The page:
William Morris "The Well at the Worlds End".

            Comment


              #7
              Just started Andrew Cartmel's Victory Disc, book 3 in The Vinyl Detective series. Easy read, but brightens the dark winter days.

              Slightly less bright, Ruth Rendell's End in Tears on audible and Anthem by Ayn Rand.

              Comment


                #8
                I've been watching the 3-part series on Sky Arts, which concluded last night, a Wordsworth and Coleridge Road Trip with Frank Skinner and Denise Mina. Wonderful! It's sent me back to reading their poetry again.
                Sometimes the lights all shining on me, other times I can barely see.
                Lately it occurs to me what a long strange trip it’s been.

                Comment


                  #9
                  Reading a little Dorothy Wordsworth, the Grasmere Journal, while the Grateful Dead play to me....
                  Sometimes the lights all shining on me, other times I can barely see.
                  Lately it occurs to me what a long strange trip it’s been.

                  Comment


                    #10
                    Had signed copies of "Another Now" by Yanis Varoufakis and "Unrequited Infatuations" by Miami Steve Van Zandt for Christmas.

                    Feeling neither overly political nor particularly rock and roll this Christmas Day, I'll start on one of them tomorrow !

                    Comment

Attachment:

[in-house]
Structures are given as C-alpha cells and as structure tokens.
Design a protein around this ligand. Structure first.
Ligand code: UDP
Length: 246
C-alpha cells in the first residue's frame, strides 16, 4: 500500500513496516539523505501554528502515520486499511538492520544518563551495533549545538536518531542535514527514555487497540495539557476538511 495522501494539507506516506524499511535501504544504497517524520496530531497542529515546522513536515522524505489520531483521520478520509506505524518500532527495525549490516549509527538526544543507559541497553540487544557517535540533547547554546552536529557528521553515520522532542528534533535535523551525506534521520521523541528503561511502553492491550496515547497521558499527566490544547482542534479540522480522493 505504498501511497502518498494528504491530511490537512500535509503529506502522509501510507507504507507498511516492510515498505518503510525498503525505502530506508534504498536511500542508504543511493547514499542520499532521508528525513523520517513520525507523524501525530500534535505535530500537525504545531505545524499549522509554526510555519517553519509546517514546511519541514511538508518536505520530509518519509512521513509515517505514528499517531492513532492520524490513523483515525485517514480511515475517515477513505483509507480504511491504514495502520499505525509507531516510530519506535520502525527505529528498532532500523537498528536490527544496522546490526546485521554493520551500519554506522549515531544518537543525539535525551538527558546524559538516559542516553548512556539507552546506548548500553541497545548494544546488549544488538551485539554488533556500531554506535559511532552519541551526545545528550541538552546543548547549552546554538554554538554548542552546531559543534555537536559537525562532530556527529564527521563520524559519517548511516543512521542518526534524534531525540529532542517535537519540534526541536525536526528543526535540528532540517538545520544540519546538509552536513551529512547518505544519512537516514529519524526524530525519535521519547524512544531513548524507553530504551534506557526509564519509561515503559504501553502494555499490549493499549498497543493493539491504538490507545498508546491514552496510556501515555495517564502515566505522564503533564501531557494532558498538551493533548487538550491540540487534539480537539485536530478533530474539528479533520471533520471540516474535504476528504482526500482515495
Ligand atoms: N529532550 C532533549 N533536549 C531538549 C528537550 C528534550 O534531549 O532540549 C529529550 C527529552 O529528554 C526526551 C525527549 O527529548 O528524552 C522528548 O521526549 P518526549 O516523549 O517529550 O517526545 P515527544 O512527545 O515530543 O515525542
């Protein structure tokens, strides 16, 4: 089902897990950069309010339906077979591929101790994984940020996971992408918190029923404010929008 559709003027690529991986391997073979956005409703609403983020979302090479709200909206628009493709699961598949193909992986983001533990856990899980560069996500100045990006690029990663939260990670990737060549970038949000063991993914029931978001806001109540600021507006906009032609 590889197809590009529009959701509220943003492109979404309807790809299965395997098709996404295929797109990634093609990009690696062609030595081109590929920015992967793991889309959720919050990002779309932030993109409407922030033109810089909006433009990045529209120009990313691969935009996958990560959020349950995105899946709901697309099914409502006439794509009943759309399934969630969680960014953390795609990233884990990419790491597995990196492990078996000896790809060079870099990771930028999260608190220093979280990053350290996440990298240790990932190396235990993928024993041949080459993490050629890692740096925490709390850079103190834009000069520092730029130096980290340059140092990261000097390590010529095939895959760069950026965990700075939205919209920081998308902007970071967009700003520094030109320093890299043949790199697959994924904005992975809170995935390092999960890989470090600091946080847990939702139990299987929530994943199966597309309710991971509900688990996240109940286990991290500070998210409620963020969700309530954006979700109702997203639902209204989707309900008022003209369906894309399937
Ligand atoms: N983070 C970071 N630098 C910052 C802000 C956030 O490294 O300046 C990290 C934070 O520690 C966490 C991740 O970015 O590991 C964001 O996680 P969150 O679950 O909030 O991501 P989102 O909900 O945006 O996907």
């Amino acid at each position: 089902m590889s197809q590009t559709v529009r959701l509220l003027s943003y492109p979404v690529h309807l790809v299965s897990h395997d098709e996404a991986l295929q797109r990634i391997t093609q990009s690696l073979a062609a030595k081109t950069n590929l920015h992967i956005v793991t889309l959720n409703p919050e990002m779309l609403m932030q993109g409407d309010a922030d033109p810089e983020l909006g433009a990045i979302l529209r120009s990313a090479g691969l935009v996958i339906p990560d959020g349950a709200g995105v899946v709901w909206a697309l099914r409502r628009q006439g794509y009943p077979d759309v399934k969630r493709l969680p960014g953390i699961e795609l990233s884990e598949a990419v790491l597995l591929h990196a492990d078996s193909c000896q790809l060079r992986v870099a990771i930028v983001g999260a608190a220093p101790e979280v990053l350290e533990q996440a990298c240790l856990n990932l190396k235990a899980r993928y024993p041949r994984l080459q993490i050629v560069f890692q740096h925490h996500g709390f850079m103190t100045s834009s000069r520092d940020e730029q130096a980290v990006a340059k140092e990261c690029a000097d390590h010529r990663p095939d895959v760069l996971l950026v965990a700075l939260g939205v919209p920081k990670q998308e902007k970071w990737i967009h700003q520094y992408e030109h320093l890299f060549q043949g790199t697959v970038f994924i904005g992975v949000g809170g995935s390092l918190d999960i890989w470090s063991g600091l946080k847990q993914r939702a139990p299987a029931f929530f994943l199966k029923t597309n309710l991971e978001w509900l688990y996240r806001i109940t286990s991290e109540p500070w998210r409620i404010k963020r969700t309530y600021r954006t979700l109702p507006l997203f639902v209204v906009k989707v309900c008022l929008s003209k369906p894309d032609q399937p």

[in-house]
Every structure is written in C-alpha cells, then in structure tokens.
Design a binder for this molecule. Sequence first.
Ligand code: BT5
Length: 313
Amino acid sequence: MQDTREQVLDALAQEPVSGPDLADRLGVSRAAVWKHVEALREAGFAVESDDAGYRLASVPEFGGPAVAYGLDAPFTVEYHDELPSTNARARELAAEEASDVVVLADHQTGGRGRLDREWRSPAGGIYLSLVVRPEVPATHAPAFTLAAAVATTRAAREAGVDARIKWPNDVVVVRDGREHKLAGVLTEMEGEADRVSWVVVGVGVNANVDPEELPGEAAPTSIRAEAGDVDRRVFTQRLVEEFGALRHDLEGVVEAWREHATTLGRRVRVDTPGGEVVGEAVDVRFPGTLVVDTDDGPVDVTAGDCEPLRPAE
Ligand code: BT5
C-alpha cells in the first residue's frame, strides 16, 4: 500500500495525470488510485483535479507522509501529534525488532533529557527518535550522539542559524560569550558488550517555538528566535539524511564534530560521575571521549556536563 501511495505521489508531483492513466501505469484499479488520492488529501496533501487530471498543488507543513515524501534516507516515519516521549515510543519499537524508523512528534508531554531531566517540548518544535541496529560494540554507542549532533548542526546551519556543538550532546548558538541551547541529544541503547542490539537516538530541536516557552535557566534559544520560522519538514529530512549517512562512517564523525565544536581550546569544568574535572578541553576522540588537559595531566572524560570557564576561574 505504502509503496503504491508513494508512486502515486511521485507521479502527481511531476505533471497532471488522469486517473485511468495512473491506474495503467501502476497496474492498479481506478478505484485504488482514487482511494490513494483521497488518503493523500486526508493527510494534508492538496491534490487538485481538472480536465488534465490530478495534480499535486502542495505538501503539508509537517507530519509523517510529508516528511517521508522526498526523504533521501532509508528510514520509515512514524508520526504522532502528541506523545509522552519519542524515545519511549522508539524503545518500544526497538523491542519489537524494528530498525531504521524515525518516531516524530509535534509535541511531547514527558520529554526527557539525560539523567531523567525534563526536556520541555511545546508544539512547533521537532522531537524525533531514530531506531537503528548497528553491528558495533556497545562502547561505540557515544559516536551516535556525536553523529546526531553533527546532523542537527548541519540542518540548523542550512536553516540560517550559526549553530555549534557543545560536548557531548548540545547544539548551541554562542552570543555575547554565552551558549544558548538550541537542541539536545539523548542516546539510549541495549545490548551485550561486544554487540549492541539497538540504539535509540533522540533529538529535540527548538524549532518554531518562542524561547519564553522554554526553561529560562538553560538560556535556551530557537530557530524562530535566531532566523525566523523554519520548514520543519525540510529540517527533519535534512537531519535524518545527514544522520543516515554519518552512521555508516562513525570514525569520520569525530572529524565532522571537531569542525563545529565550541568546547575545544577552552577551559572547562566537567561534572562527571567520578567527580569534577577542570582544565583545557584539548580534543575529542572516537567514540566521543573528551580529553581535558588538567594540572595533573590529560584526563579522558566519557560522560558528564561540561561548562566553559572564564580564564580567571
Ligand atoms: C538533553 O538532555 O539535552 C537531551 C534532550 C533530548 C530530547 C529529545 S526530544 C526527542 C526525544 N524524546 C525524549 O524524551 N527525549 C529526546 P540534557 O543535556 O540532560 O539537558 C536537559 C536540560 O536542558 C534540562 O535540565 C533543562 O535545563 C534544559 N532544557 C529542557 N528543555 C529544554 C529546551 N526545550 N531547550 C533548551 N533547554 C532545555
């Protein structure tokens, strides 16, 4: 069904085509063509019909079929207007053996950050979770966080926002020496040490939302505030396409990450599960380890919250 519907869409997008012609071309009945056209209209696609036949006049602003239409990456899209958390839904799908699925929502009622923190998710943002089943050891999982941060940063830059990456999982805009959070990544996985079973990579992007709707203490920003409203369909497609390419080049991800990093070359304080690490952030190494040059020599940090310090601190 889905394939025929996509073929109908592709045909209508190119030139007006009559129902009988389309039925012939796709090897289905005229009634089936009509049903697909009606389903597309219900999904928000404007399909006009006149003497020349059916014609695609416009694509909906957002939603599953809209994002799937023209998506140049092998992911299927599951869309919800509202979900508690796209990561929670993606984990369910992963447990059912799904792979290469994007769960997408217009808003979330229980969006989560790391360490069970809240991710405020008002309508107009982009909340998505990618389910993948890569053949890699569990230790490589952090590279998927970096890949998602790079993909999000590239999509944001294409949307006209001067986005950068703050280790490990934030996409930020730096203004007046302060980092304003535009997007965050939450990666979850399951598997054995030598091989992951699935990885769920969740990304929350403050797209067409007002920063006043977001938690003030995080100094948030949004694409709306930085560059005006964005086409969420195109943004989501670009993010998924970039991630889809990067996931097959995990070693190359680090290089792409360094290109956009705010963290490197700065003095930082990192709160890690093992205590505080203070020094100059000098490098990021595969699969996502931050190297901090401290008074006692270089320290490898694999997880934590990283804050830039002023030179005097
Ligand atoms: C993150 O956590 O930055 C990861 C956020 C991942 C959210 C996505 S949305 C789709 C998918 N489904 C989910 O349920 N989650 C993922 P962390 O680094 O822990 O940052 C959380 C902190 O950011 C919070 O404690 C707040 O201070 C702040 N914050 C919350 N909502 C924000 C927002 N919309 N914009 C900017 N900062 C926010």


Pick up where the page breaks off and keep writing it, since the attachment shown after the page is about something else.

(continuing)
#11
                      I finished reading Émile Zola's His Excellency Éugene Rougon last night.
                      Next up, by way of contrast, is another Jasper Fforde (Raymond Chandler meets Lewis Carroll...), The Big Over Easy (2005).
                      🥚🍳
                      Sometimes the lights all shining on me, other times I can barely see.
                      Lately it occurs to me what a long strange trip it’s been.

                      Comment


                        #12
                        Originally posted by Ash Armstrong View Post
                        I finished reading Émile Zola's His Excellency Éugene Rougon last night.
                        Next up, by way of contrast, is another Jasper Fforde (Raymond Chandler meets Lewis Carroll...), The Big Over Easy (2005).
                        🥚🍳
                        Hey, Zola is a great read, I enjoyed His Excellency Éugene Rougon. Just now I read The Masterpiece. You probably know also "Money", anyway would recommend that as well, contains everything you need to knowe about greed and speculation. But there are so much great works by Zola.